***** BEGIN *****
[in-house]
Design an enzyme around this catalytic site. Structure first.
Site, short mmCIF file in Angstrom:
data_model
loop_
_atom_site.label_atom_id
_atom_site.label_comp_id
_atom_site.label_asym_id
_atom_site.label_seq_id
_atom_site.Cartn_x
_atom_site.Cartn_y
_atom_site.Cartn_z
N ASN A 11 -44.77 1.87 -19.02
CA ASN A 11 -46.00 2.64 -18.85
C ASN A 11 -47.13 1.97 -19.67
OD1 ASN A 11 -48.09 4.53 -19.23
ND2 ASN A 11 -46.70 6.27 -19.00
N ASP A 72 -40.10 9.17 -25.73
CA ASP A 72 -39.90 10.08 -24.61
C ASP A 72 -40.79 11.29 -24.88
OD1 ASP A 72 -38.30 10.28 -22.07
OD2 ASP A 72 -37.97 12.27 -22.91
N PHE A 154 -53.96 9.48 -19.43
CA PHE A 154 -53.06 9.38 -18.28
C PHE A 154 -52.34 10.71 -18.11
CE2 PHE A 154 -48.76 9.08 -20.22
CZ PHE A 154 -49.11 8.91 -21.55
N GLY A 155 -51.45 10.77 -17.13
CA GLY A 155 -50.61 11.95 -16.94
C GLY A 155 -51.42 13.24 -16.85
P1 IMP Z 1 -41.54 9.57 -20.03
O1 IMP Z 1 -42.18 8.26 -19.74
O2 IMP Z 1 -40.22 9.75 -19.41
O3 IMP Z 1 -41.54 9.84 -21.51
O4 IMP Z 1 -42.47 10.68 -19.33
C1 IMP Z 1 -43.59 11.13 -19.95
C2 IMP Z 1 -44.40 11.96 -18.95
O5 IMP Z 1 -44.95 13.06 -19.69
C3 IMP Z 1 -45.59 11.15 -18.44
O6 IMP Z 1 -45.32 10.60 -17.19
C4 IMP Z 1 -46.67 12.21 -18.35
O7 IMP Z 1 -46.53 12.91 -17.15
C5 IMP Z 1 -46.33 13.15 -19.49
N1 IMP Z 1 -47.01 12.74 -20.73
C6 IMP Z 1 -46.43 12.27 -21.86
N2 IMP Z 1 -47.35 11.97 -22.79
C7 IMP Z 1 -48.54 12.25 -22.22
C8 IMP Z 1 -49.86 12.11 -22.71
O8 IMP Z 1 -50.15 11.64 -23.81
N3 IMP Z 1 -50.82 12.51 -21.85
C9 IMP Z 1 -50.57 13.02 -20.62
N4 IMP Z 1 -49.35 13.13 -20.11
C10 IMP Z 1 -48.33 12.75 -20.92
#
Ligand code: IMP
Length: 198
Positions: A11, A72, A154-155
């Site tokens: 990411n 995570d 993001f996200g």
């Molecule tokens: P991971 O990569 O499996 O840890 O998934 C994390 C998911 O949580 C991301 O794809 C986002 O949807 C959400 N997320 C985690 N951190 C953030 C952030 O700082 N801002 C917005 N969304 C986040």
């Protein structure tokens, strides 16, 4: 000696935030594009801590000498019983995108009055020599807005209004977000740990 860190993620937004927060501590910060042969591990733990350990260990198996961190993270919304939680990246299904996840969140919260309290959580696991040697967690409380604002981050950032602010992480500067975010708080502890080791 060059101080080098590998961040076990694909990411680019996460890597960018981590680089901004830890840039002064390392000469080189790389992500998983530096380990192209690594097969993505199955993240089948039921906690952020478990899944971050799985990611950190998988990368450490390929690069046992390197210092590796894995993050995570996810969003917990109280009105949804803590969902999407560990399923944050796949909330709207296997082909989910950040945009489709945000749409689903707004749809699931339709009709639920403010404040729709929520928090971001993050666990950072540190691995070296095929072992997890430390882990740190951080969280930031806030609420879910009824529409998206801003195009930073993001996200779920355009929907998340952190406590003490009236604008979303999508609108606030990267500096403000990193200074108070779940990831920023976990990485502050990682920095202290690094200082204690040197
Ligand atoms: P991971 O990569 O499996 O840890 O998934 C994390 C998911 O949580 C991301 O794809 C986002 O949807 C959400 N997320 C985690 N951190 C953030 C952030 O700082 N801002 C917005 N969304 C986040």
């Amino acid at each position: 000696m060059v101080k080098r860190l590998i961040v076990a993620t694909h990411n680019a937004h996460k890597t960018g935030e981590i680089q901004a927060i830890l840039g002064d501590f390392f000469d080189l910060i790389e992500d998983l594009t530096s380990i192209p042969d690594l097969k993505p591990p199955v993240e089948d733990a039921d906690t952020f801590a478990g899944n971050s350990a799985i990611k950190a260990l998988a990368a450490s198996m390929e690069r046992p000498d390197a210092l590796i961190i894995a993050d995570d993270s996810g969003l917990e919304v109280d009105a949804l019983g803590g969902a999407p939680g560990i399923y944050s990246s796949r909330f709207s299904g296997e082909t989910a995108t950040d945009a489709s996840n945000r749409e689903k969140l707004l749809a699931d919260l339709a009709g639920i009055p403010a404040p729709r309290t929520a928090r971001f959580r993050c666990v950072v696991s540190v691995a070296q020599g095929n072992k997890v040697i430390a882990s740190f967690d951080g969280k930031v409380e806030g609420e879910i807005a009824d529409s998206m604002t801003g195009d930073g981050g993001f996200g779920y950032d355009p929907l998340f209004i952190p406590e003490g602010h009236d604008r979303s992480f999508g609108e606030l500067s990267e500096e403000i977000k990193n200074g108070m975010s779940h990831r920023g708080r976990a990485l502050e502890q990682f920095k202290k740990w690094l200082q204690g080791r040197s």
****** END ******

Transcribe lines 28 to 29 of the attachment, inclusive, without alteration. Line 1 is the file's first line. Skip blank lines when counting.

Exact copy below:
N GLY A 155 -51.45 10.77 -17.13
CA GLY A 155 -50.61 11.95 -16.94